Tag Archives: Leadership

Leadership

Creating Productive Thought Patterns through “Thought Self-Leadership”

Albert Ellis

Albert Ellis

Leaders’ actions actions are influenced by internal commentaries and judgments.
Often, these thoughts are self-critical, provoking anxiety.

Aaron Beck

Aaron Beck

Cognitive Behavior Therapy (CBT), developed by University of Pennsylvania’s Aaron Beck, provides a systematic way to restructure “irrational self-talk“,  as do Albert Ellis‘s Rational-Emotive Behavior Therapy (RET), and David Burnssynthesis of CBT and RET.

David Burns

David Burns

Arizona State University’s Charles Manz and Chris Neck  translated these self-management concepts to managerial development.
They outlined a Thought Self-Leadership Procedure as a five-step feedback loop:

Charles Manz

Charles Manz

1. Observe and record thoughts,
2. Analyze thoughts,
3. Develop new thoughts,
4. Substitute new thoughts,
5. Monitor and Maintain new, productive thoughts.

-*What practices do you use to develop and apply productive thought patterns under pressure?

Chris Neck

Chris Neck

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Followers’ Role in Enabling Bad Leaders

Barbara Kellerman

Barbara Kellerman

Seven types of ineffective and unethical leaders can be enabled by followers, according to Harvard’s Barbara Kellerman.

She categorized bad leaders as:

Incompetent – Failing to create positive change;
Rigid – Not adaptable to new ideas, conditions;
Intemperate – Lacking self-control;
Callous – Uncaring and unkind, discounting needs and wishes of group members, especially subordinates;
Corrupt – Advancing self-interest ahead of public interest, through “lying, cheating, and stealing”;
Insular – Disregarding health and welfare of outsiders;
Evil – Committing atrocities, use pain as an instrument of power, exert severe physical, psychological harm to men, women, children.

Kellerman’s earlier work focused on Hitler’s leadership, and asserted that his power wouldn’t have existed without followership.
She acknowledged that uninvolved bystanders who do not speak up enable bad leaders to continue their practices.

John Darley

John Darley

This effect was documented in social science research more than forty years ago by NYU’s John Darley and Bibb Latané of Columbia, labeled “Bystander Apathy” .

Bibb Latane

Bibb Latane

Given status differentials between leaders and subordinates, followers can break out of complacent observership only if organizational structures are in place to call attention to ineffective and unethical leadership practices without negative repercussions.

Kellerman highlighted an timely phenomenon and suggested mitigation practices for various organizational structures.

-*What “bad leader” roles have you observed in your organization?
-*What seem to be effective ways to interact with a “bad” organizational leader?

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Developing “Big 8” Job Competencies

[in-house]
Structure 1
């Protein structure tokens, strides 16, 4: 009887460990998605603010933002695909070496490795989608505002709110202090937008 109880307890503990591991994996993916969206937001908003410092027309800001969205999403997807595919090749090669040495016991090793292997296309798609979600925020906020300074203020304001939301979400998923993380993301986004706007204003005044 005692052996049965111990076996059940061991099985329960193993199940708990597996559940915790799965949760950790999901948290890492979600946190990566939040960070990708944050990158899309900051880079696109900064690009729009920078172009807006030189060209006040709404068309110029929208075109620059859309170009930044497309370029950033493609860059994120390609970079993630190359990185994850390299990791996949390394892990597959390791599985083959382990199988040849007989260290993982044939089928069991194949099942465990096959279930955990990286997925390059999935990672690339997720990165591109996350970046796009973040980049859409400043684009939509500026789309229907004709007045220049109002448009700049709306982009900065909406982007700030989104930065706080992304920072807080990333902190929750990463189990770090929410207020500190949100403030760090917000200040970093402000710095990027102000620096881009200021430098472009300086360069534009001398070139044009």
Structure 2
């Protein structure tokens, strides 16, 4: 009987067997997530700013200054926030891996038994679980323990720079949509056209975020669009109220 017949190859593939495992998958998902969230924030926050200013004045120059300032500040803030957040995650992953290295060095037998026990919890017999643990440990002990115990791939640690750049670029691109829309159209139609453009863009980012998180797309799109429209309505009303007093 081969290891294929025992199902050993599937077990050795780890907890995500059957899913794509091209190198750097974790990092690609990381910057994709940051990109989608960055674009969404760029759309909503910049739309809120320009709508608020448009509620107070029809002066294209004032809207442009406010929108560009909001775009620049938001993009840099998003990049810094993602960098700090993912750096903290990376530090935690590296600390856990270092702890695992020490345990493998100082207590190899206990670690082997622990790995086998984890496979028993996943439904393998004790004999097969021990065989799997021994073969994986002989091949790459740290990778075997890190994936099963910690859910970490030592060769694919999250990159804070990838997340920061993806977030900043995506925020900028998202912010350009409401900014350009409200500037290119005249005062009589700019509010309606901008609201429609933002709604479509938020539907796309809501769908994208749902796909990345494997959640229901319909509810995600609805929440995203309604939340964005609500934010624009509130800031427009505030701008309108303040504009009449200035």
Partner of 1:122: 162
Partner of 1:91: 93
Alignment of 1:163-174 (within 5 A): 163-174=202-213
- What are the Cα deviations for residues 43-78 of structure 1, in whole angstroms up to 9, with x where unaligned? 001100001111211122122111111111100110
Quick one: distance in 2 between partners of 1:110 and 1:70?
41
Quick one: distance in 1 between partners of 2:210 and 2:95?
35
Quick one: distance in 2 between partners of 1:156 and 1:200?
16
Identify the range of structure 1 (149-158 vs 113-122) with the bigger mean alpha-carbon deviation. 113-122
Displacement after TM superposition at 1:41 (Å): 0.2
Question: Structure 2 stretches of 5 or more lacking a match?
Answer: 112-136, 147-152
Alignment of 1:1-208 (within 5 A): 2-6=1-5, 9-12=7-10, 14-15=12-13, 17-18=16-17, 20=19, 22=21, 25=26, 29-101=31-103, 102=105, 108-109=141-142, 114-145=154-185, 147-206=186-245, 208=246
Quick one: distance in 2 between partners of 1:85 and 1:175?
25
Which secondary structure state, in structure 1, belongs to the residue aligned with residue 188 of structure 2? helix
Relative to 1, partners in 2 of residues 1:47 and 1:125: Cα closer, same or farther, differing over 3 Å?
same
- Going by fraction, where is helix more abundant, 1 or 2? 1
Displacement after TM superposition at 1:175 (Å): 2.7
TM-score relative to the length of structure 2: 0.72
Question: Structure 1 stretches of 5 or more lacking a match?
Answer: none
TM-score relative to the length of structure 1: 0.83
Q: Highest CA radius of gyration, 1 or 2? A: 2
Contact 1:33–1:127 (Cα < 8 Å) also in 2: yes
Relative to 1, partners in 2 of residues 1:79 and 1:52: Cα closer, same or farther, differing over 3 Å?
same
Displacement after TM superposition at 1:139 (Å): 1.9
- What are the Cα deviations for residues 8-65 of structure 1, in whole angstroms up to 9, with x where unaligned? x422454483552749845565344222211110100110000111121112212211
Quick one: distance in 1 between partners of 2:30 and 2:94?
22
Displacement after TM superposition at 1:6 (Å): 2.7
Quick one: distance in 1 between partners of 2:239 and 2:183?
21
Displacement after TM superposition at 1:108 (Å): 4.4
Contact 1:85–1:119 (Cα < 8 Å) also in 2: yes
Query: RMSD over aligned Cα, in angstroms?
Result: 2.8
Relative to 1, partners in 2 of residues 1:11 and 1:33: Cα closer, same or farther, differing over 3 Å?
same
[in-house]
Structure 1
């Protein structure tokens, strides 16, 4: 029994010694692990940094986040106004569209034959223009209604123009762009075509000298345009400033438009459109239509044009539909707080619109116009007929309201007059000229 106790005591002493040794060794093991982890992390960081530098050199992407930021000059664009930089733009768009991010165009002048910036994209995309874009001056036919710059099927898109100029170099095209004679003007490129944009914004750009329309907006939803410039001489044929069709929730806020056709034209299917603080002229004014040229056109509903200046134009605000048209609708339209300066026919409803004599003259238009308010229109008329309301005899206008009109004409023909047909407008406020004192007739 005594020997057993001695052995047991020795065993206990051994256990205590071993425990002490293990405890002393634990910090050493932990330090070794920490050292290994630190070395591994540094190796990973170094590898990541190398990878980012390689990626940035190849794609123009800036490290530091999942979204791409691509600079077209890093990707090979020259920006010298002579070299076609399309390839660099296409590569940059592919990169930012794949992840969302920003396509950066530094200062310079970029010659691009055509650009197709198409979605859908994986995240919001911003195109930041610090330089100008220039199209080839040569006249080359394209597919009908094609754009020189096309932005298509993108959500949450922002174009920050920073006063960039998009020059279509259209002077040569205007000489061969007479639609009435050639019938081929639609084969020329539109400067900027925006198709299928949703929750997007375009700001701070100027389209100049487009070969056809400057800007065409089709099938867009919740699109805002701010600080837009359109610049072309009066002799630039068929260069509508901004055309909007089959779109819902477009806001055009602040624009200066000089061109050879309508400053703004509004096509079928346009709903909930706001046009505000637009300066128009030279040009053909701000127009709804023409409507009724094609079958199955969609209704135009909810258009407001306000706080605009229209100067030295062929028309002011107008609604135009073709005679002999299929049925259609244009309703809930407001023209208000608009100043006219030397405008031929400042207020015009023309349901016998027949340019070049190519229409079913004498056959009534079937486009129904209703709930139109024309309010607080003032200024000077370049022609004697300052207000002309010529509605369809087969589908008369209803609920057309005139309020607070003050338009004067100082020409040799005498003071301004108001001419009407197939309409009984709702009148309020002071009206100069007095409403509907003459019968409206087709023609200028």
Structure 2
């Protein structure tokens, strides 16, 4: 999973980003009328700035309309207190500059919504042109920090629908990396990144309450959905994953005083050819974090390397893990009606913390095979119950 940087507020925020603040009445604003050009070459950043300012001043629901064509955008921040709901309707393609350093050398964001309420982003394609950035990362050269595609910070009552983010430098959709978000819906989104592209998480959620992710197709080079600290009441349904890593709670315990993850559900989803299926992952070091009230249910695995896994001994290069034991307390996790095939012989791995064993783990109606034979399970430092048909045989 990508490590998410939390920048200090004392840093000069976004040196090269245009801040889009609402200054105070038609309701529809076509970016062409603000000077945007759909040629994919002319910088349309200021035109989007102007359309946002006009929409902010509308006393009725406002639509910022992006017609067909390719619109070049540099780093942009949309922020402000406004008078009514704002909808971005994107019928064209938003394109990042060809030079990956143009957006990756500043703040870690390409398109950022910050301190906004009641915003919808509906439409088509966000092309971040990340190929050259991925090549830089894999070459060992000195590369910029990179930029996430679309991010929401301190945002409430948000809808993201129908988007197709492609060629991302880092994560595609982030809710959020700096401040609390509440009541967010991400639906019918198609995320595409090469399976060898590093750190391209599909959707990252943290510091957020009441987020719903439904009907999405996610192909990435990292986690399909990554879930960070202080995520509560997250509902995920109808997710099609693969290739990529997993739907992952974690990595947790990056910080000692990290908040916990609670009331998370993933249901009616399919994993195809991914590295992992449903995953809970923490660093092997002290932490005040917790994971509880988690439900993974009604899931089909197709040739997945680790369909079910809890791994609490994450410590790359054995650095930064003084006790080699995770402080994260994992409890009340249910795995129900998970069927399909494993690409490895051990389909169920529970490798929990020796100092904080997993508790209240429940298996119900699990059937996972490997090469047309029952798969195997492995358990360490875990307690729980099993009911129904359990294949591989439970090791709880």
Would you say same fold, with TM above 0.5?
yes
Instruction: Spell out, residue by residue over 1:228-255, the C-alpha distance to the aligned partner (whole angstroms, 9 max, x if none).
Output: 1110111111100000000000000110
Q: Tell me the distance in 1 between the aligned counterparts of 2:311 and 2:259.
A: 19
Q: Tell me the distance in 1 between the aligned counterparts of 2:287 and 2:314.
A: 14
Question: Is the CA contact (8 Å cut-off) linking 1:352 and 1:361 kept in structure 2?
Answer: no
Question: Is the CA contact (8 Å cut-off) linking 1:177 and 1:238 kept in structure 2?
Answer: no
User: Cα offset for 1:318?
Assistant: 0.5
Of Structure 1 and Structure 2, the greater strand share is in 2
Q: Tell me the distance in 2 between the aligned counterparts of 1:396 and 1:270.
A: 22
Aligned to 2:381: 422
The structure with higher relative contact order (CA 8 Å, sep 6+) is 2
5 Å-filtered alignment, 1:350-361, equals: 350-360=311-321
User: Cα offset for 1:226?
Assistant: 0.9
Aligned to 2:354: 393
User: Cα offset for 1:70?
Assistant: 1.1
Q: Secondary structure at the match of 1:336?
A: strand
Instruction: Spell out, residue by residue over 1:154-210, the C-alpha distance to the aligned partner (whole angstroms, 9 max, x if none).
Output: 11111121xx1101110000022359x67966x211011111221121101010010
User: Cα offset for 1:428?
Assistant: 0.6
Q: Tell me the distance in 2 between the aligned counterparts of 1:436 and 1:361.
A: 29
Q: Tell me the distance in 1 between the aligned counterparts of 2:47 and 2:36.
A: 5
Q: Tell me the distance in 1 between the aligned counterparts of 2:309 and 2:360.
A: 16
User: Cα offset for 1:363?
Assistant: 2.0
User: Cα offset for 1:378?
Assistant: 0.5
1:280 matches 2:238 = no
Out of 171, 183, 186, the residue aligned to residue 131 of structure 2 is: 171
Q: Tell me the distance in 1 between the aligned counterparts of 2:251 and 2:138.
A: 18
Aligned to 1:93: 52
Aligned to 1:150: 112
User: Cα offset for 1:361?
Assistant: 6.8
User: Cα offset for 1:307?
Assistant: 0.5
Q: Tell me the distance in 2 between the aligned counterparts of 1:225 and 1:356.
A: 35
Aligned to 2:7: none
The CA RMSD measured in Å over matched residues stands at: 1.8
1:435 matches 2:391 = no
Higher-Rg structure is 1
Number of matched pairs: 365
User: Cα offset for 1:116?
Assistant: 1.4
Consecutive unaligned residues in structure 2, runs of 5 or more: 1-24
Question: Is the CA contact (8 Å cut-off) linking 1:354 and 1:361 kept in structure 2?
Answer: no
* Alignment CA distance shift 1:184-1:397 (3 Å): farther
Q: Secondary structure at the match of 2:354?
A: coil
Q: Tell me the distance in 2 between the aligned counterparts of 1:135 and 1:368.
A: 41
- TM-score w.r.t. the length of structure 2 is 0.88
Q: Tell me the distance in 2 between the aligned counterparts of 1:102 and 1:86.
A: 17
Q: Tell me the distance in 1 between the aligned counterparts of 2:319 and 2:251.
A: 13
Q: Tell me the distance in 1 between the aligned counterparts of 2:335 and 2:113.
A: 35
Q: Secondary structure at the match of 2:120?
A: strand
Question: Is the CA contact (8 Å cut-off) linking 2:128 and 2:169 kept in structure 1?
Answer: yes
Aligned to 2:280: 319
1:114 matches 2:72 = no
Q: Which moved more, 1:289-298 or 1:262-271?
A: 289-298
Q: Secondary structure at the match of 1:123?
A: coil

George Hallenbeck

George Hallenbeck

Better job performance is associated with eight capabilities known as “The Big 8”, according to Korn-Ferry International’s George Hallenbeck, in the Leadership Architect® Library of Competencies:

• Dealing with Ambiguity,
• Creativity,
• Innovation Management,
• Strategic Agility,
• Planning,
• Motivating Others,
• Building Effective Teams,
• Managing Vision & Purpose.

He analyzed more than 1500 ratings on this 360 degree assessment, and found that just 12% of executives possessed four or more of “The Big 8.”
None of these organizational leaders demonstrated more than six of these competencies, though they consistently showed more than individual contributors.
This suggests that although executives demonstrate more of critical leadership capabilities than non-leaders, the vast majority have significant room for professional development.

Daniel GolemanExecutives and individual contributors who had more of “The Big 8” competencies also had more of “Career Staller and Stopper” behaviors.
Bold individuals who demonstrate persistance may effectively execute, but may run afoul of key stakeholders and influencers.

Self-Awareness and Self-Management, identified in Daniel Goleman’s framework for Emotional Intelligence, may be a key to balancing between the Big 8’s performance enhancing impacts while mitigating their potential drawbacks in stalling careers.

-*What have you found the most important job competences among organizational leaders and those preparing for future leadership roles?

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Developing Executive Self Awareness to Enhance Leadership Impact

Vicki Swisher

Lack of self-awareness among organizational leaders is pervasive and costly, according to Korn Ferry’s Vicky Swisher and Evelyn Orr.
They studied executives using the FYI: For Your Insight assessment tool, based on research from FYI for Insight: 21 Leadership Characteristics for Success and 5 That Will Get You Fired.

Evelyn Orr

Evelyn Orr

Executives’ most significant blind spots were:

• Making tough people calls,
• Demonstrating personal flexibility, adapting approaches to new circumstances.

Similarly,  the top leadership problems were:
• Not inspiring employees, not building talent,
• “Too narrow”, relying on deep expertise without broadening perspective.

Leaders vastly underestimated their effectiveness in “managing up”, suggesting that they focused more on their next promotion, rather than on developing their employees.

Joe Luft

Joe Luft

Lack of self-awareness can be reduced by using a “Reality Check” including:

o Feedback from others to provide “early warning” of difficulty.
However, this requires that evaluators are willing to provide candid observations, despite widespread discomfort in providing corrective feedback.